You want to be indispensable. Keep yourself as a person who is calm under pressure and can do things. Volunteer for assignments that others avoid. Make sure your boss and bosses notice your accomplishments. Others get angry and frustrated about the state of affairs, you always want to stand out by offering a positive outlook. Go to the representative office. Proximity bias begins, and management always wants to keep you when they are dismissed for looking at you. If you are just another box in a zoom call, executives who make decisions to minimize will not always have the same contact with the person around the office.
As you manage your career, lay the foundation at once to find a new job because you need to be ready for all the options. Ask coworkers who have good jobs and their recruiters. Set up personal or video calls with several executive search professionals who specialize in your field. Similarly, find some career coaches and resume writers to help you get ready for everything you need to do if a job search is needed.
The best way to find a new job is through networking. Word gets a bad rap, but it works. You want to let people know and trust that you are free to find a new job. Ask your friends, former colleagues, neighbors, college alumni, members of your temple or church, and other people with whom you have relationships for jobs and acquaintances in the companies you would like to work for.
What to do when dismissed
Take the time to process the job loss. Once you understand what happened, take immediate action. Your new full-time job is looking for a job. Reach out to recruiters and your network. Update your resume and LinkedIn profile. Stay active in the forum to hire people who can help you draw attention from HR, find managers and find new jobs.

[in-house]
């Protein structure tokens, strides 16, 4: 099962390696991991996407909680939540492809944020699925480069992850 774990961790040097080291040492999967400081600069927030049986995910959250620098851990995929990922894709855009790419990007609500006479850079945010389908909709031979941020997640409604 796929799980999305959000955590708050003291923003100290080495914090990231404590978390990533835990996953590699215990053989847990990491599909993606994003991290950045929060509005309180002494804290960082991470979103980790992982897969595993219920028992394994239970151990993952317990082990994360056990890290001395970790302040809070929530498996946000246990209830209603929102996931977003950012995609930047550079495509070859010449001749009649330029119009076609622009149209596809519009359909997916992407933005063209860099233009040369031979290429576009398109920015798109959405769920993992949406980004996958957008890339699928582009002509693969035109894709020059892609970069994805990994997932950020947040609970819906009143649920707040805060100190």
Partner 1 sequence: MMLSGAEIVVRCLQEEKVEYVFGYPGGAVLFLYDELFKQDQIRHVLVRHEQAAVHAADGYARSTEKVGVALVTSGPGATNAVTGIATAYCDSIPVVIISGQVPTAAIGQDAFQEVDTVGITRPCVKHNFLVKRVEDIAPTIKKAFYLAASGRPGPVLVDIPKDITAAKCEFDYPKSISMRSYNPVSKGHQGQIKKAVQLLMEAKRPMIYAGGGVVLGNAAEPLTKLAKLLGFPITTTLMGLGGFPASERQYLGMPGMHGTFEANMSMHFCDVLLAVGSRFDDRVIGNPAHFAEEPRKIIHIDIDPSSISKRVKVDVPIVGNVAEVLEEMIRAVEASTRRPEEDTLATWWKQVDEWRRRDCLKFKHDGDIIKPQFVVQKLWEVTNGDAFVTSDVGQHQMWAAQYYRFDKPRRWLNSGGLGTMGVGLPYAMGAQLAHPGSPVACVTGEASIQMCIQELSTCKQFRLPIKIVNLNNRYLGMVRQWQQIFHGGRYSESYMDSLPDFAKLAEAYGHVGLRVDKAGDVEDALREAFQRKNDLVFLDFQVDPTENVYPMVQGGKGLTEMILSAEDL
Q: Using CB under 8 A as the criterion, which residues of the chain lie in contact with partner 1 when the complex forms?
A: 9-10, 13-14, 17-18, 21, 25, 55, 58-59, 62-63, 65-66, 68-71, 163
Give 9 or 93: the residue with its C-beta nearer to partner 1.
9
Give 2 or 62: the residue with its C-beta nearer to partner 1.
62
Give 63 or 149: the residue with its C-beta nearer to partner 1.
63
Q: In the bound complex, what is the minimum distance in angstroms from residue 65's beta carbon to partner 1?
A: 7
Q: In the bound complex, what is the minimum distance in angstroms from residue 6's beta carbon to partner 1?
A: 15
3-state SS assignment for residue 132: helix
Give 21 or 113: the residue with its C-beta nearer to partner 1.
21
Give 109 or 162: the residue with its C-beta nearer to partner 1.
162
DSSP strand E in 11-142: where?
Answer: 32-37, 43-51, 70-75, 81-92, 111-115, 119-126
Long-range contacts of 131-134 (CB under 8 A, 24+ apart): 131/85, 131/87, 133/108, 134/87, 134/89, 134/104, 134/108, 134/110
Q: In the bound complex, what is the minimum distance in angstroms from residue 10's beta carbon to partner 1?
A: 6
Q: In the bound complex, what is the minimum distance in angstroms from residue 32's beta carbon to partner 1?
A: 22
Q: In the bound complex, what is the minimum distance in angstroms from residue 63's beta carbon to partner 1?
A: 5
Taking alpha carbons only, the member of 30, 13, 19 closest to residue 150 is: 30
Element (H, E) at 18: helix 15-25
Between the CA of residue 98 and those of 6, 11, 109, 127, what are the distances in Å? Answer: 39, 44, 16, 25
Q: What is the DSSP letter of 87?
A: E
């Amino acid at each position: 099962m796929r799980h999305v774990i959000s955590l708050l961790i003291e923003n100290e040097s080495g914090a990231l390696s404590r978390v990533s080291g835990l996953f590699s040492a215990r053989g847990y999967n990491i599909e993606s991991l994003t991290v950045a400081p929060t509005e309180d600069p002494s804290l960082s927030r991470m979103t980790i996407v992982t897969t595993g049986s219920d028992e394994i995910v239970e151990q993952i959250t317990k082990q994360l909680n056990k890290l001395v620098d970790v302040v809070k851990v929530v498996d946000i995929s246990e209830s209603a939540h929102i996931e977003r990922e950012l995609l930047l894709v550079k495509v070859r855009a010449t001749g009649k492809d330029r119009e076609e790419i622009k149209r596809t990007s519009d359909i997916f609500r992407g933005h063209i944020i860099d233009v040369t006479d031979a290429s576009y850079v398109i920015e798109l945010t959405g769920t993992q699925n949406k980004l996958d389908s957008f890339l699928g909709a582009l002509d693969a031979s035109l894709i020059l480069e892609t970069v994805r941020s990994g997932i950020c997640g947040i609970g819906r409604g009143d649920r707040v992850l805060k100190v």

When you interview, don’t be afraid to ask questions. You want to make sure the position is right for you and you’re not just jumping on the first offer. Avoid insulting your former boss, company, and coworker because it turns out to be a visitor. They think you talk bad about them when you leave.
Take care of your mental health, emotional well-being and finances
With Russia’s invasion of Ukraine, runaway inflation, supply chain disruption, rapid decline in stock and cryptocurrency prices, job cuts, canceled offers, social and political unrest, with the possibility of a world war, depression is easy, anxiety and stress. Outside.
Block all the sounds around you. It may not be easy, but you need to practice self-care. Hyper focus on your short-term and long-term goals. Resist the temptation to turn to drinking, drugs, overeating and other bad habits to ease the pain. Get professional help if you feel like you are losing control.
Go to the gym, do yoga, run in the park, ride a bike or take a long walk. Try to socialize with people. Engage in hobbies and activities that make you happy. Use this time to learn new skills, perhaps go back to school, enhance your skills with online courses, and acquire new credentials, licenses, and accreditations that you are putting forth.
Keep an eye on your finances. Pay off credit cards and other debt as interest rates rise. Reigns in unnecessary spending. Put money aside if you have been out of work for a while. Find ways to earn additional revenue streams. This could include gig work, starting a side hustle, or an online business.
Hard times make tough people. This is the period you want to stay strong. It will not last forever. Stay positive and stay on course. The goal is to keep your job, find something new, or improve yourself at this uncomfortable stage.